Brevard County Officials Urge Residents to Prepare for Tropical Storm Eta, Severe Weather Tonight

By  //  November 8, 2020

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winds gusts as high as 55 mph

Brevard County Emergency Management is closely monitoring Tropical Storm Eta and is encouraging county resident to be prepared for weather conditions that could produce sustained winds of 25 to 35 mph, with gusts as high as 55 mph, potential flooding, extremely dangerous surf conditions and localized beach erosion. (NHC Image)

BREVARD COUNTY, FLORIDA – Brevard County Emergency Management is closely monitoring Tropical Storm Eta and is encouraging county resident to be prepared for weather conditions that could produce sustained winds of 25 to 35 mph, with gusts as high as 55 mph, potential flooding, extremely dangerous surf conditions and localized beach erosion.

Brevard County has been under a Tropical Storm Warning since 10 p.m. Saturday, with the greatest threat from Eta expected to be flooding rainfall, showers and squalls Sunday night through Monday.

There’s also a threat for isolated tornadoes tonight through Monday. Minor damage and sporadic power outages will be possible.

Based on the latest forecast, the primary impact in Brevard County will be locally heavy rainfall of two to three inches. Some locations may receive higher volumes of rain with isolated totals as much as six inches, and localized flooding is possible. Residents should stay in place as severe weather arrives.

Brevard County Emergency Management officials urge residents to stay informed and prepare homes today for potential impacts of Tropical Storm Eta, which is expected to turn west after reaching the Florida Keys, maybe as a Category 1 hurricane, late Sunday and linger in the Gulf of Mexico off the west coast of Florida for much of the week. Extremely hazardous rip currents, surf and marine conditions are expected along the coast into mid-to-late week.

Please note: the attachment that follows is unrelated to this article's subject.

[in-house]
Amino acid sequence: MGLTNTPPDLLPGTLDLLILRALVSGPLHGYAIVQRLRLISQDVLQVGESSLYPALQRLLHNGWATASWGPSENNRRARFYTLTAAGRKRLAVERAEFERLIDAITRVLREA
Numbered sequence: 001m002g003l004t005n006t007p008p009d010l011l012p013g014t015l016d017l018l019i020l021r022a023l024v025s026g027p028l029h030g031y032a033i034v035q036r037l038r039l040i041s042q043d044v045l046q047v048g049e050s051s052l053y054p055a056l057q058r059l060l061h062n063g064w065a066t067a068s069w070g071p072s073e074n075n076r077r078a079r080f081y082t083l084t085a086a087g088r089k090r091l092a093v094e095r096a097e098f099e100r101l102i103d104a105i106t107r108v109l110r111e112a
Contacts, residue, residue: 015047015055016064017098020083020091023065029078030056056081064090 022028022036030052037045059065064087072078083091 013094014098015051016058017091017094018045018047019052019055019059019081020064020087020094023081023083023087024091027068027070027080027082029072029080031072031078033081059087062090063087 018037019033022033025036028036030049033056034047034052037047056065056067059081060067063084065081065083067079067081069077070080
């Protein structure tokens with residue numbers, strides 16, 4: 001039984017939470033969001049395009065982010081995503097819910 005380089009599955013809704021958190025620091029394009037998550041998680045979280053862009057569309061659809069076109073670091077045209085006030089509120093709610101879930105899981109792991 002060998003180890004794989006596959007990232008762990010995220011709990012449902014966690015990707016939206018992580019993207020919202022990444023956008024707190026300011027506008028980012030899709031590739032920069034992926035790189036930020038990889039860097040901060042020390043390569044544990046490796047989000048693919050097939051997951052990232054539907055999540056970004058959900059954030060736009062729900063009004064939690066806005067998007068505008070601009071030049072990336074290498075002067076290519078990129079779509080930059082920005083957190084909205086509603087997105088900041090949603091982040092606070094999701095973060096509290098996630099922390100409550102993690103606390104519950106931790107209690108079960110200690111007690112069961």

“It’s not a well-organized tropical storm,” said Interim Emergency Management Director John Scott.

“It’s a messy, sloppy system with impacts that will cover a large area.”

Hurricane Season 2020 began June 1 and runs through Nov 30. Even though the season is almost over, Scott emphasized the need for residents to remain prepared and to have a plan in place to protect themselves and their families.

“Know your risks, have a plan and stay informed,” Scott said. “Pay close attention to the weather over the next couple of days especially, but it’s always important to know what to do if an emergency occurs.”

Safety tips to follow during a tropical storm:

– Shelter in place; Stay indoors where it’s safe
– Be prepared for a loss of power; have working flashlights
– Secure loose items like lawn furniture outside your home
– Do not put yard waste at the curb when high winds are anticipated
– Don’t go boating or surfing
– Don’t run generators indoors
– Stay off roadways if possible
– Don’t drive on causeways during high wind events
– Don’t visit the beach to look at storm and ocean conditions
– Don’t drive around to look at storm damage
– Don’t wade, swim or drive through flooded roadways
– Don’t touch anything in contact with power lines, including water or water puddles that may be near downed power lines.

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